Bilkis petition dismissed

The Supreme Court has dismissed a review petition filed by Bilkis Bano, a survivor of the 2002 Gujarat riots, who had challenged a May order of the apex court that allowed the Gujarat government to consider the remission plea of 11 men convicted of gang-raping her and others, leaving seven members of her family dead under an older 1992 policy which allowed for early release in rape and murder cases.

Its sale is banned. So how is there another acid attack?

Nine years after the Supreme Court order called for the strict regulation of the sale of acid, a 17-year-old school girl became the victim of the latest acid attack in New Delhi on Wednesday.

The class 12 student is being treated for burn injuries at Safdarjung hospital. Three men have been arrested. One of them, Sachin Arora, is said to have bought the acid on an e-commerce website.

But acid, commonly used to clean toilets, is freely available in the open market. India has one of the world’s highest incidence of acid attacks with 1,079 acid attacks in the past five years, according to the National Crime Records Bureau, and 176 in 2021 alone.

Victims are usually girls and women attacked by male stalkers whose advances they have rejected. The intention is not to kill the victim but to cause long-lasting physical damage and emotional trauma.

Love is love: Supreme Court will decide

Various petitions filed at different high courts for the legal recognition of same-sex marriages may now be heard together by the Supreme Court. A bench headed by chief justice Dhananjaya Chandrachud on Wednesday issued notices to the Centre and the Delhi government.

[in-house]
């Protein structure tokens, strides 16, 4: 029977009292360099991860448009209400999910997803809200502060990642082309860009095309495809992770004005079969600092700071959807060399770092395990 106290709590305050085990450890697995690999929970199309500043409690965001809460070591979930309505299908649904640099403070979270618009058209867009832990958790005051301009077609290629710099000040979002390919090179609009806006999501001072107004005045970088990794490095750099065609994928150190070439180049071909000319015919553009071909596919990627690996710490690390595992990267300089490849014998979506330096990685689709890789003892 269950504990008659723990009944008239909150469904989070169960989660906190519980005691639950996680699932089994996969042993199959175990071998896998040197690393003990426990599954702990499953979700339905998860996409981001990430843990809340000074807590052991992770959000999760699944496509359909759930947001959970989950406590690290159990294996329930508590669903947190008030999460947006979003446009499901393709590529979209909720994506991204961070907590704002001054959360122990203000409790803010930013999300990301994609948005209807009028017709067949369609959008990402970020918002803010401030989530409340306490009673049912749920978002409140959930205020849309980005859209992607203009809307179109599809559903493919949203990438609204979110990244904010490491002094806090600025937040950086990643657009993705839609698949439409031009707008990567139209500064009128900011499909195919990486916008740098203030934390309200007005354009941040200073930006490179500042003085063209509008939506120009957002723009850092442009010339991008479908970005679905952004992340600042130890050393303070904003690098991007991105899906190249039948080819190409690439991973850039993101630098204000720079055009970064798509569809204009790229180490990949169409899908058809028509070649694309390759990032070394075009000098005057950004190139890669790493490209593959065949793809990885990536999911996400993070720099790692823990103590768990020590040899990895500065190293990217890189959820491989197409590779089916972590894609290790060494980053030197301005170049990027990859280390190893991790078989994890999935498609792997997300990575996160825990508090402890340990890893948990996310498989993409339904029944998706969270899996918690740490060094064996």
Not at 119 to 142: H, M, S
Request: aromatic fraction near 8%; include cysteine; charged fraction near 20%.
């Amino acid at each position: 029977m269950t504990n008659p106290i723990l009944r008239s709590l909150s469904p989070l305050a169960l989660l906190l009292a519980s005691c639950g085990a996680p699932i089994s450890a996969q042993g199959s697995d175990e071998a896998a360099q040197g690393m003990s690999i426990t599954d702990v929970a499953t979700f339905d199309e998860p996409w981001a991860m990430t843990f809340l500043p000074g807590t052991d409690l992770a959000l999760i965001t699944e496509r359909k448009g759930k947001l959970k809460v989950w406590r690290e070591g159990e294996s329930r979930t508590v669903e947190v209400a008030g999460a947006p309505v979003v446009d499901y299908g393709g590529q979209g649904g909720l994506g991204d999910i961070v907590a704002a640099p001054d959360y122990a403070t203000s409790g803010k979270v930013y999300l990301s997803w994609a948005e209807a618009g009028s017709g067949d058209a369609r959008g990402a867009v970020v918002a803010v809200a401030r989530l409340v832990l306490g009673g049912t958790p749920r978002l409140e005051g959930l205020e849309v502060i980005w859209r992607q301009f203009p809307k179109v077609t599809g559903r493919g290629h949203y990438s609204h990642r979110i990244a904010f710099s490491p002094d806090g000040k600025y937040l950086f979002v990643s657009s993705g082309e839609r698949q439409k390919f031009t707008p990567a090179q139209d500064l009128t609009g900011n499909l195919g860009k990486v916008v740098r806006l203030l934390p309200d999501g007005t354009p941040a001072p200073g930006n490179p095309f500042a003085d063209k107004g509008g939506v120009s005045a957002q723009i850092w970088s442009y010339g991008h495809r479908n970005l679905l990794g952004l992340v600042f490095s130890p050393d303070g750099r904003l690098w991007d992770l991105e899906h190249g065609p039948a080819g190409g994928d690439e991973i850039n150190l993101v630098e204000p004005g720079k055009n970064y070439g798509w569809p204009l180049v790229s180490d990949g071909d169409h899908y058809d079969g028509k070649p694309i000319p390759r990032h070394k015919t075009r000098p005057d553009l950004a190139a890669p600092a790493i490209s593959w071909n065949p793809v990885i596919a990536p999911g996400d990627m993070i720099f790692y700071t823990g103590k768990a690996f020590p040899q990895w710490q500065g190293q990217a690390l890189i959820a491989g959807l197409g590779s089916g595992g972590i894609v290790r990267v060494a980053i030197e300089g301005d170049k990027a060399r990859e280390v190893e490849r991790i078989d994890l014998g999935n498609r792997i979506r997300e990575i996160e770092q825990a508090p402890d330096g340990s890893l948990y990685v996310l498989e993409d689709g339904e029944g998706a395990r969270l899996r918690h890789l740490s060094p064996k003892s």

The wheels of justice…

Nearly a year after the arrest of Aumkareshwar Thakur on charges of creating ‘sulli deals’, a sexist and offensive app on GitHub where photos of hundreds of Muslim women were posted without their consent with captions like “Deal of the day”, Delhi Lieutenant Governor V K Saxena finally granted permission to prosecute Thakur who was arrested in January has been out on bail since March.

And the good news…

An indigenously developed HPV (human papillomavirus) vaccine to prevent cervical cancer that is considerably cheaper at between Rs 200 and Rs 400 a dose, compared to the Rs 2,500-Rs 3,300 per shot currently in the market, will be available to girls aged between 9 and 14 by May next year. Called Cervavac, the vaccine was developed by the Serum Institute of India and offers protection against four strains of HPV.

Read Parmita Uniyal on why this is significant.


In the US, President Joe Biden signed into law new federal protections to same-sex and inter-racial marriages, reports CNN. The move was necessitated after the Supreme Court revoked Roe v Wade and in effect overturned abortion rights earlier this year.

In Barbados, another formerly British colony that inherited many of its laws, the infamous section 377 that criminalised ‘sex against the order of nature’, has been repealed, notes Human Rights Watch.

In GreenlandBBC reports on a ghastly Danish campaign in the 60s and 70s where thousands of women and girls, some as young as 12, had contraceptive devices implanted without their consent to control the growing Inuit population. The Danish government has promised an investigation.

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10 years after the Delhi rape case, we need a new rights blueprint.

In the decade since data has recorded a rise in numbers not just of rape but also of all crimes against women.

Ten years ago, we claimed ownership of the 23-year-old as “India’s daughter”, bestowing on her an unasked-for martyrdom by calling her Nirbhaya. (File Photo)

We were so angry then but so full of hope. Ten years ago, the gruesome gang rape of a 23-year-old student in Delhi on December 16 brought tens of thousands of people to the streets, undeterred by tear gas, water cannons, and the winter chill. The world’s attention. Anger in Parliament. A judicial commission. The legal definition of rape expanded. Death sentence. Fast-track courts. Rape, violence, and gender on prime-time TV. “A tipping point for change,” I wrote.